Sex, sugar and slavery: David Dabydeen’s Slave Song and the colonial experience
Syed Manzoorul Islam
Abstract: Sugarcane plantation began in the Caribbean from the early 16th century, with the arrival of Portuguese colonizers led by Christopher Columbus who planted seed canes in Santo Domingo in 1493. With demand for sugar increasing in Europe throughout the century, sugar plantations and sugar mills were set up throughout the region. Work in the sugarcane fields was cruel and energy-sapping, and hardly any European opted for such backbreaking work. As a result, a huge number of indentured labourers had to be imported from Africa and East India. These labourers were treated as slaves and were routinely brutalized and controlled by deadly force. The history of their subjugation and control had the body at its core, since the colonizers found it easy to establish their mastery through control and defilement of the slave’s body. The torture and mutilation incapacitated the slaves from performing gender roles. But the ‘ungendered’ slaves also reverted to their biological and sexual selves and employed the power of the body and sex to mount resistance against the colonizers. The resultant violence added a further dimension to the history of colonial resistance. David Dabydeen, a Guyanese poet, picks up this volatile history of colonial sugarcane plantation in his Slave Songs, with particular emphasis on the “erotic-sadomasochistic nature of slavery and plantation life.” The fourteen poems written in Creole probe the interconnectedness of sexuality, sugarcane and the body, and trace the history of both colonial subjugation and resistance.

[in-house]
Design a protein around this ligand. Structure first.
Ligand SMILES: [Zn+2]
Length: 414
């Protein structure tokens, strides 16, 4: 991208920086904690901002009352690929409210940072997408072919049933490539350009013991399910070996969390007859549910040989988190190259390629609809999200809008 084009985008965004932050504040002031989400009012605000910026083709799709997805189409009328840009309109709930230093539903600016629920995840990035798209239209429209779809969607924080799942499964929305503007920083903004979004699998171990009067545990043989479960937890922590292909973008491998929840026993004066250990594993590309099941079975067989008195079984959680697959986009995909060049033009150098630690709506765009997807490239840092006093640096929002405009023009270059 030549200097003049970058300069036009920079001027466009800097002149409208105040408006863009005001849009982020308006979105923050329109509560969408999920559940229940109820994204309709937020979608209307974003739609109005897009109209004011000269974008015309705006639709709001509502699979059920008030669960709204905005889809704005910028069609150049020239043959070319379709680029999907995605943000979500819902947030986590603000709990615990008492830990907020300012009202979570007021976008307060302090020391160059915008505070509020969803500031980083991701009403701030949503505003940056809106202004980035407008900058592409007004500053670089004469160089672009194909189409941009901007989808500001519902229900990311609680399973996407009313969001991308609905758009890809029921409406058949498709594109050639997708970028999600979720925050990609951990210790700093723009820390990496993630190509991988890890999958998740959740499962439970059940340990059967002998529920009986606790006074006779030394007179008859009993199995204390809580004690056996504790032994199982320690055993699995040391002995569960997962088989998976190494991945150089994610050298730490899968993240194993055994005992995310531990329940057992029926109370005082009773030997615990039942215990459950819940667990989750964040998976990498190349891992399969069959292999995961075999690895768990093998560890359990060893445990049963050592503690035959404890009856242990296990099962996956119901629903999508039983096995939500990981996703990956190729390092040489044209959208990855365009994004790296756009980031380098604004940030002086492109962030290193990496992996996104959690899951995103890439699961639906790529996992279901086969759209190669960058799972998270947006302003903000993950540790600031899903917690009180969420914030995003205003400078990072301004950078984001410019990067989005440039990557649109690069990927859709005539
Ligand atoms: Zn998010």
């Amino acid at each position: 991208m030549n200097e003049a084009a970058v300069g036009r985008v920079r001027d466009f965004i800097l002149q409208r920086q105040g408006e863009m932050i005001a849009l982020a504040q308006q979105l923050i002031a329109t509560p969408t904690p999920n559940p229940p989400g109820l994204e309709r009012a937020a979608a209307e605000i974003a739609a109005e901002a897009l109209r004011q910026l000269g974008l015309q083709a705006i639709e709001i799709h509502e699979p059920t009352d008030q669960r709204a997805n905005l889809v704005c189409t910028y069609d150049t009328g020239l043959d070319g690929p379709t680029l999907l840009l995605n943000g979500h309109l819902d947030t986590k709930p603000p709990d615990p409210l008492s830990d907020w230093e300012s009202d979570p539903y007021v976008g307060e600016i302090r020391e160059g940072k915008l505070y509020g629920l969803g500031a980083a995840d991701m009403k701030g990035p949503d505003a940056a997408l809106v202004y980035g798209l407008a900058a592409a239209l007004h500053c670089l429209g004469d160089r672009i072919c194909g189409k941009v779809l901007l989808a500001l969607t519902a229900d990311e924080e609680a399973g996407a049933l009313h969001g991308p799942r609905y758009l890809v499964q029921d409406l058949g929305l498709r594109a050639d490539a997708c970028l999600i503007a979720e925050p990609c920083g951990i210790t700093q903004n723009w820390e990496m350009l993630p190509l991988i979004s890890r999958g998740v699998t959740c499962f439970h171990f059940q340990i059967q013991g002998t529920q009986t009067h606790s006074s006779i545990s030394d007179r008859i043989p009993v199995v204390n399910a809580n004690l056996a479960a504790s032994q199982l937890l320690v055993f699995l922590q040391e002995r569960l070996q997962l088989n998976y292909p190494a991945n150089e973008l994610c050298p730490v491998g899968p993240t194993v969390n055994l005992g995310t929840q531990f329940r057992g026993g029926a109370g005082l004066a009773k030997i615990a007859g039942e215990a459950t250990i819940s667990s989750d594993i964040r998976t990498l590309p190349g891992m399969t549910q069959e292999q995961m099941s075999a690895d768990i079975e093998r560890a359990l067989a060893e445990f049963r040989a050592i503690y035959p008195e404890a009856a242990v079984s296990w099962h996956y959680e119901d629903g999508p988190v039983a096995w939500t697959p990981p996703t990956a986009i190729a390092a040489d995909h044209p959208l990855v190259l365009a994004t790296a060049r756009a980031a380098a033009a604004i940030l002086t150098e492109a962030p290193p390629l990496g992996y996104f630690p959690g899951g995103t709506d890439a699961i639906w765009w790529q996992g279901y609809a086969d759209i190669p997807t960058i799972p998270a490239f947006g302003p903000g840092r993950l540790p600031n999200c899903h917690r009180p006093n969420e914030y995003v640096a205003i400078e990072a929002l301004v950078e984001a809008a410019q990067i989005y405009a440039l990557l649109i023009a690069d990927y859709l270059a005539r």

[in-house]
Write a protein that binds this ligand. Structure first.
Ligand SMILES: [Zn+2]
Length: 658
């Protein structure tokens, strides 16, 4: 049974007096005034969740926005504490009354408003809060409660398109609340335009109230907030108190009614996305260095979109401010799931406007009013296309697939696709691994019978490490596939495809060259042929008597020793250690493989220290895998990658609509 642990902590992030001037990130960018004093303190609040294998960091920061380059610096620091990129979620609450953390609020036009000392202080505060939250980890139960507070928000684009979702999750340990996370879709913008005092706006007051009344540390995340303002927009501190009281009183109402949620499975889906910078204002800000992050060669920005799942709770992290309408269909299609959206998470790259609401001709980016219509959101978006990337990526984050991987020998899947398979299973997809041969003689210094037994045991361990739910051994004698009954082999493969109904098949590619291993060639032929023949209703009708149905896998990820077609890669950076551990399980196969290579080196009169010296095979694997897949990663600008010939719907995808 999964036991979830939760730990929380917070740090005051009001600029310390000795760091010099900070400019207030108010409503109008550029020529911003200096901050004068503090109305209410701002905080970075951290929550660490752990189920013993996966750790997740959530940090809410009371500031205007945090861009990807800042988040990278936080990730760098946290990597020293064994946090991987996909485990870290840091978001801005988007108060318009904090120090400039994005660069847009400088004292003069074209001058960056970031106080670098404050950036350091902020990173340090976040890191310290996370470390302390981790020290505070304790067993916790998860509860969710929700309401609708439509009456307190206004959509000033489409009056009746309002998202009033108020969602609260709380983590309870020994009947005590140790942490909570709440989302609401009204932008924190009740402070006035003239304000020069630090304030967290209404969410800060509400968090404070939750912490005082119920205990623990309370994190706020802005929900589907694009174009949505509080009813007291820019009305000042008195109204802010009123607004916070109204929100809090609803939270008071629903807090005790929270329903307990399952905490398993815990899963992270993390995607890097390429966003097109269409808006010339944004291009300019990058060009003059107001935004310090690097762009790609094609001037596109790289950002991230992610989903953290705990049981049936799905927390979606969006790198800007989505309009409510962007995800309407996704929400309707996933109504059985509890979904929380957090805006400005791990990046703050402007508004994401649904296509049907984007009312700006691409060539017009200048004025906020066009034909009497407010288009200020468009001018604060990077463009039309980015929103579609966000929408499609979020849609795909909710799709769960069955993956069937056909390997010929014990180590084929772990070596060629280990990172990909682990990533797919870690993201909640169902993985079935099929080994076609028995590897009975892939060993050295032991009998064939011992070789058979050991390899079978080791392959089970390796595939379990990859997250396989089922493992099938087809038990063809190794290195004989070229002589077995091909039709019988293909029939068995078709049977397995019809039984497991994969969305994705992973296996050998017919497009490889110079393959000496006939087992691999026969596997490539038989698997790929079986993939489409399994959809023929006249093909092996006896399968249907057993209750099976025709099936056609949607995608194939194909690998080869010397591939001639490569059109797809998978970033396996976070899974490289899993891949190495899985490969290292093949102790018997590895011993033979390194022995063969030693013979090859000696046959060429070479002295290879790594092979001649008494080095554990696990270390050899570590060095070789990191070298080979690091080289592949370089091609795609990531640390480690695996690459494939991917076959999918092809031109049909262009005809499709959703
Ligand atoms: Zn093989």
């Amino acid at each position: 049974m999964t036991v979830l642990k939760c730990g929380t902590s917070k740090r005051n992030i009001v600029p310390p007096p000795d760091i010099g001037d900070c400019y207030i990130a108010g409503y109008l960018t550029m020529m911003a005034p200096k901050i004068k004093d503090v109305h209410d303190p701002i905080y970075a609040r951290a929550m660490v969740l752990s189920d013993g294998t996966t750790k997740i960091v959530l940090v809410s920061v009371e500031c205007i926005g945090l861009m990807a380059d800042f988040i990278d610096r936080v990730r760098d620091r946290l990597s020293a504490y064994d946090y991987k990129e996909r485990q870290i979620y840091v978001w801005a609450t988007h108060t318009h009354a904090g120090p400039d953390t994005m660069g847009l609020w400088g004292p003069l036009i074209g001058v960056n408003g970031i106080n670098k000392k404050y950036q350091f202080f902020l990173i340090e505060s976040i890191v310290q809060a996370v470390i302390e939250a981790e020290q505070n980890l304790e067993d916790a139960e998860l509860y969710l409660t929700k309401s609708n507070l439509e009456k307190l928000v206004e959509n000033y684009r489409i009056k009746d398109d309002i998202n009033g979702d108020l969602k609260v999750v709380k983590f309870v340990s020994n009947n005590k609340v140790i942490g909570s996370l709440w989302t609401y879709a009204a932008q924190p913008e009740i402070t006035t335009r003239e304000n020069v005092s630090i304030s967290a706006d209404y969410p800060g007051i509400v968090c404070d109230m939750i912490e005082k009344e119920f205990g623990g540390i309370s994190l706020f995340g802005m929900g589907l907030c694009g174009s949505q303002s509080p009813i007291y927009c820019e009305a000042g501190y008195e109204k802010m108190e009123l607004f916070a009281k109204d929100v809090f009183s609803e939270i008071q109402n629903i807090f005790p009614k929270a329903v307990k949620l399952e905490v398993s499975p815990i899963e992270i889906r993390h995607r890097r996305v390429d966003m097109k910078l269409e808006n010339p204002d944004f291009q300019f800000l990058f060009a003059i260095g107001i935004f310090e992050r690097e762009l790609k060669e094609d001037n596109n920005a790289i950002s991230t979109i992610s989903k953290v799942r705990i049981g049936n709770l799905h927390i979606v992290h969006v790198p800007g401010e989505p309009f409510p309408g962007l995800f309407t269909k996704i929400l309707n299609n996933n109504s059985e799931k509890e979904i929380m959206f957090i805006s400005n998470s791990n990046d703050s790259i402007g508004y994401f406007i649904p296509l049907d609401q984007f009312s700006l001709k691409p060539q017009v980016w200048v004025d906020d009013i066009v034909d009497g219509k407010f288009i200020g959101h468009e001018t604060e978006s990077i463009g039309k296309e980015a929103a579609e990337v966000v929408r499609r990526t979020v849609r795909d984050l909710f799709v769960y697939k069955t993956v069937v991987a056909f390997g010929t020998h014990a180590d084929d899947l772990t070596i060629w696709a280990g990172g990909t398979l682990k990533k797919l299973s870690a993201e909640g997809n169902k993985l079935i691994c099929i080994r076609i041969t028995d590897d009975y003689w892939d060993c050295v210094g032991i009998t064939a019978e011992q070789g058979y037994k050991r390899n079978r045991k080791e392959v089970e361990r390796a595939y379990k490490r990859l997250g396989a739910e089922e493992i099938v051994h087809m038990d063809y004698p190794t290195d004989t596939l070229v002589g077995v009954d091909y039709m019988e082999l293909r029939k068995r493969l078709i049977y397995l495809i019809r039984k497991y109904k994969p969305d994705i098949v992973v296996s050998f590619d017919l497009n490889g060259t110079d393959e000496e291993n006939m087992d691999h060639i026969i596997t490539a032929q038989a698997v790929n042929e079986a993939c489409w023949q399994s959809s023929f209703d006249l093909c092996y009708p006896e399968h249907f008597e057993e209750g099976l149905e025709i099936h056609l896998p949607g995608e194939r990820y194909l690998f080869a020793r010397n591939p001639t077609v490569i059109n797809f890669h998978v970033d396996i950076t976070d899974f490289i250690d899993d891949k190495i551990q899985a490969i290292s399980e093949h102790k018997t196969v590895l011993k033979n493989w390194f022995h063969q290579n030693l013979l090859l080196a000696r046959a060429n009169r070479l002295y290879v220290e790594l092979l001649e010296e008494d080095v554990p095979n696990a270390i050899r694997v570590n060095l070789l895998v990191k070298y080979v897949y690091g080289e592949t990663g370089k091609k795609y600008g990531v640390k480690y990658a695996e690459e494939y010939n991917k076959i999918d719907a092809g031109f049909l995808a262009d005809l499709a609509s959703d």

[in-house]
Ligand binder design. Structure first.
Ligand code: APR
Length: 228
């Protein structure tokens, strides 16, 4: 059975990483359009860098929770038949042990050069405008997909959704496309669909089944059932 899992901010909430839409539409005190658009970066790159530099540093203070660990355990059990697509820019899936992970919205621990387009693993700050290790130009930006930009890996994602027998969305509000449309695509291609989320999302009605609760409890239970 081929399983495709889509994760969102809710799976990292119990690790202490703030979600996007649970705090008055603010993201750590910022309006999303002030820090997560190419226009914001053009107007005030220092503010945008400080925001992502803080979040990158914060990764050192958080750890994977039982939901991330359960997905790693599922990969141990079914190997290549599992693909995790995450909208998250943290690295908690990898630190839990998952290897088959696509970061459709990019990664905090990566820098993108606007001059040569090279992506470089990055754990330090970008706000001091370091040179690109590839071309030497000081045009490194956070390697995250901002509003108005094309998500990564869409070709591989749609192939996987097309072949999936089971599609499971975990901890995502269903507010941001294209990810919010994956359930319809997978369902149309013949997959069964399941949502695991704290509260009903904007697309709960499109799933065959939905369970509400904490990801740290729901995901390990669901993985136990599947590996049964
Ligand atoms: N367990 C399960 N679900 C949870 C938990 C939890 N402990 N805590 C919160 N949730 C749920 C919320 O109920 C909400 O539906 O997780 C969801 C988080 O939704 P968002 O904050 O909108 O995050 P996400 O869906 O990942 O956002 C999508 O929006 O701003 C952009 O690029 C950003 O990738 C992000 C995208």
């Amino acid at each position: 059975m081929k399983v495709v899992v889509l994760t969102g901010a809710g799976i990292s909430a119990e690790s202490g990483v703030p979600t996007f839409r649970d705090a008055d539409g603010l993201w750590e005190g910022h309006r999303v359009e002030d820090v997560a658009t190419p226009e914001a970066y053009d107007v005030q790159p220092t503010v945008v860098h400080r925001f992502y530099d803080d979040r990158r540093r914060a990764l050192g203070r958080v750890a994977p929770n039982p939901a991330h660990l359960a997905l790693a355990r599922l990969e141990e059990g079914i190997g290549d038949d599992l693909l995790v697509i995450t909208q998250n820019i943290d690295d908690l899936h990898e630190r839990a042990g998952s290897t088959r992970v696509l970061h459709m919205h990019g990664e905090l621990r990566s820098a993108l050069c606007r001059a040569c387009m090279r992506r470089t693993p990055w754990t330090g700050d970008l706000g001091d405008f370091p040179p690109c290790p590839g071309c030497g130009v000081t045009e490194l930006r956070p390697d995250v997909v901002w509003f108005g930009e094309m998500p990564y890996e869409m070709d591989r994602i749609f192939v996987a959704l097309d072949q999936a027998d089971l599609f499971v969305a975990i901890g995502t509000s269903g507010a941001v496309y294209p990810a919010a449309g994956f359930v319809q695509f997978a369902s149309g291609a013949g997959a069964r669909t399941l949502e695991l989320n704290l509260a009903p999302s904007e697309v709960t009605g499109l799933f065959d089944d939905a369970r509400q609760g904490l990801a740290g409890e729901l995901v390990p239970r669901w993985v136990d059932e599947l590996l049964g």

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Published in Fall 2009